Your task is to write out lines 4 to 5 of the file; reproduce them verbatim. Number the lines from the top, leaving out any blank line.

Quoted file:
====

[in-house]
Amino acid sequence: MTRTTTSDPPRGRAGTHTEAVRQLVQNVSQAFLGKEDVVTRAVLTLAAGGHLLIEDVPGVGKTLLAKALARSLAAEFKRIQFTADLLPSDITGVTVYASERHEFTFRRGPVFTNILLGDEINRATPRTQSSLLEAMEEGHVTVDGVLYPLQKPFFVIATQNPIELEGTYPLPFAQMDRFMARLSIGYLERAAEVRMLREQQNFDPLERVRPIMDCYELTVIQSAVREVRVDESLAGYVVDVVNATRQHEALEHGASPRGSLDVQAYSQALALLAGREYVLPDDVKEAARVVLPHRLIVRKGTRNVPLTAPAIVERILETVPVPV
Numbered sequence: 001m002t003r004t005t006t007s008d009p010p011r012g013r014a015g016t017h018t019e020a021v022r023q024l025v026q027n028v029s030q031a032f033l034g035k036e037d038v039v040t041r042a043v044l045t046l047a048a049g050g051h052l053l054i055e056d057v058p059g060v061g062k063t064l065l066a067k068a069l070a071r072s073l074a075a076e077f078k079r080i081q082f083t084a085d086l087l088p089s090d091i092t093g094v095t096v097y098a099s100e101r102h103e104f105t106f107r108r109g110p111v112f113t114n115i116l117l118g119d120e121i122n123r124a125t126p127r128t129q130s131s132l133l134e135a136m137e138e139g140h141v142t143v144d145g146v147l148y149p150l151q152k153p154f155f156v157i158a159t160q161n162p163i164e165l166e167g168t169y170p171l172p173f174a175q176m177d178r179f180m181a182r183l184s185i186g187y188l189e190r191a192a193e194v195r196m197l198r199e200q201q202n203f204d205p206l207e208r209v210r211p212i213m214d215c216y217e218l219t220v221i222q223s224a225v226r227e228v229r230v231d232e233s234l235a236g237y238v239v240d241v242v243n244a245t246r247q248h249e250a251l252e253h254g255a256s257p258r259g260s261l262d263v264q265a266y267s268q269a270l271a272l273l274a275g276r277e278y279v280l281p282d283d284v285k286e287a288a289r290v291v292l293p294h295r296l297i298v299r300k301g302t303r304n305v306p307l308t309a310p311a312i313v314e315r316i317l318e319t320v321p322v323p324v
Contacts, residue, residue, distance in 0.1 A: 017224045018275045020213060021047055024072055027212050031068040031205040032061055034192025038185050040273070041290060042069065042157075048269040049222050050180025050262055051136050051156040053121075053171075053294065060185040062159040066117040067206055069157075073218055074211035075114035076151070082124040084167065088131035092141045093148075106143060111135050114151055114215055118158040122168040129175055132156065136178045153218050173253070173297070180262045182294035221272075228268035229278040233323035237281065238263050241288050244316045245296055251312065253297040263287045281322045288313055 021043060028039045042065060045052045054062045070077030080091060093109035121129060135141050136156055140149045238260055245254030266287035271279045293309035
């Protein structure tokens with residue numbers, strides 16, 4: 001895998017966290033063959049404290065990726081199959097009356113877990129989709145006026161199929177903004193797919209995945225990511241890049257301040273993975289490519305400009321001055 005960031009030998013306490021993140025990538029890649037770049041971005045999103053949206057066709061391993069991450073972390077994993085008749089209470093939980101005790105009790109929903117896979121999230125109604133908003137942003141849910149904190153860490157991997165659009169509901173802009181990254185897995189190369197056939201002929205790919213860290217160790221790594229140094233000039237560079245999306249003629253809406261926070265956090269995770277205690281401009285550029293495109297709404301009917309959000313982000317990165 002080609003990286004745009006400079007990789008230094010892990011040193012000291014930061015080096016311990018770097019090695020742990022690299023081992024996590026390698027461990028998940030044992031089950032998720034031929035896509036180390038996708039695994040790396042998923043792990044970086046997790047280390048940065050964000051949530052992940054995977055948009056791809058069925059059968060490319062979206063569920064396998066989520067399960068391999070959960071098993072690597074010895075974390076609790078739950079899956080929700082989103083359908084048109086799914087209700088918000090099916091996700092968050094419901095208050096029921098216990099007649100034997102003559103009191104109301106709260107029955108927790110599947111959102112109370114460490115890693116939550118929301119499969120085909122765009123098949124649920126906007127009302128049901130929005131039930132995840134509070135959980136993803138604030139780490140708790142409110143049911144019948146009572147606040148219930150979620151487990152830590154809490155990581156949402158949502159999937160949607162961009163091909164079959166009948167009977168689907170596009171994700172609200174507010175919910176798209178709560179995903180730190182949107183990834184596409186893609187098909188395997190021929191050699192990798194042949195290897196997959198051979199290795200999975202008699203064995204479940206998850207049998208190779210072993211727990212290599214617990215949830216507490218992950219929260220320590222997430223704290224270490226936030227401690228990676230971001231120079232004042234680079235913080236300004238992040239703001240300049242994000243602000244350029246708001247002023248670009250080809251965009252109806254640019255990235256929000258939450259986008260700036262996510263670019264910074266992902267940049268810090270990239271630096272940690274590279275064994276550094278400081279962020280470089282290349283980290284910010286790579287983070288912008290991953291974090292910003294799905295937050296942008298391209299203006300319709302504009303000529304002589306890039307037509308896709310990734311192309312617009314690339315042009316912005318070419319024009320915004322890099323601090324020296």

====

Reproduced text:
Contacts, residue, residue, distance in 0.1 A: 017224045018275045020213060021047055024072055027212050031068040031205040032061055034192025038185050040273070041290060042069065042157075048269040049222050050180025050262055051136050051156040053121075053171075053294065060185040062159040066117040067206055069157075073218055074211035075114035076151070082124040084167065088131035092141045093148075106143060111135050114151055114215055118158040122168040129175055132156065136178045153218050173253070173297070180262045182294035221272075228268035229278040233323035237281065238263050241288050244316045245296055251312065253297040263287045281322045288313055 021043060028039045042065060045052045054062045070077030080091060093109035121129060135141050136156055140149045238260055245254030266287035271279045293309035
């Protein structure tokens with residue numbers, strides 16, 4: 001895998017966290033063959049404290065990726081199959097009356113877990129989709145006026161199929177903004193797919209995945225990511241890049257301040273993975289490519305400009321001055 005960031009030998013306490021993140025990538029890649037770049041971005045999103053949206057066709061391993069991450073972390077994993085008749089209470093939980101005790105009790109929903117896979121999230125109604133908003137942003141849910149904190153860490157991997165659009169509901173802009181990254185897995189190369197056939201002929205790919213860290217160790221790594229140094233000039237560079245999306249003629253809406261926070265956090269995770277205690281401009285550029293495109297709404301009917309959000313982000317990165 002080609003990286004745009006400079007990789008230094010892990011040193012000291014930061015080096016311990018770097019090695020742990022690299023081992024996590026390698027461990028998940030044992031089950032998720034031929035896509036180390038996708039695994040790396042998923043792990044970086046997790047280390048940065050964000051949530052992940054995977055948009056791809058069925059059968060490319062979206063569920064396998066989520067399960068391999070959960071098993072690597074010895075974390076609790078739950079899956080929700082989103083359908084048109086799914087209700088918000090099916091996700092968050094419901095208050096029921098216990099007649100034997102003559103009191104109301106709260107029955108927790110599947111959102112109370114460490115890693116939550118929301119499969120085909122765009123098949124649920126906007127009302128049901130929005131039930132995840134509070135959980136993803138604030139780490140708790142409110143049911144019948146009572147606040148219930150979620151487990152830590154809490155990581156949402158949502159999937160949607162961009163091909164079959166009948167009977168689907170596009171994700172609200174507010175919910176798209178709560179995903180730190182949107183990834184596409186893609187098909188395997190021929191050699192990798194042949195290897196997959198051979199290795200999975202008699203064995204479940206998850207049998208190779210072993211727990212290599214617990215949830216507490218992950219929260220320590222997430223704290224270490226936030227401690228990676230971001231120079232004042234680079235913080236300004238992040239703001240300049242994000243602000244350029246708001247002023248670009250080809251965009252109806254640019255990235256929000258939450259986008260700036262996510263670019264910074266992902267940049268810090270990239271630096272940690274590279275064994276550094278400081279962020280470089282290349283980290284910010286790579287983070288912008290991953291974090292910003294799905295937050296942008298391209299203006300319709302504009303000529304002589306890039307037509308896709310990734311192309312617009314690339315042009316912005318070419319024009320915004322890099323601090324020296």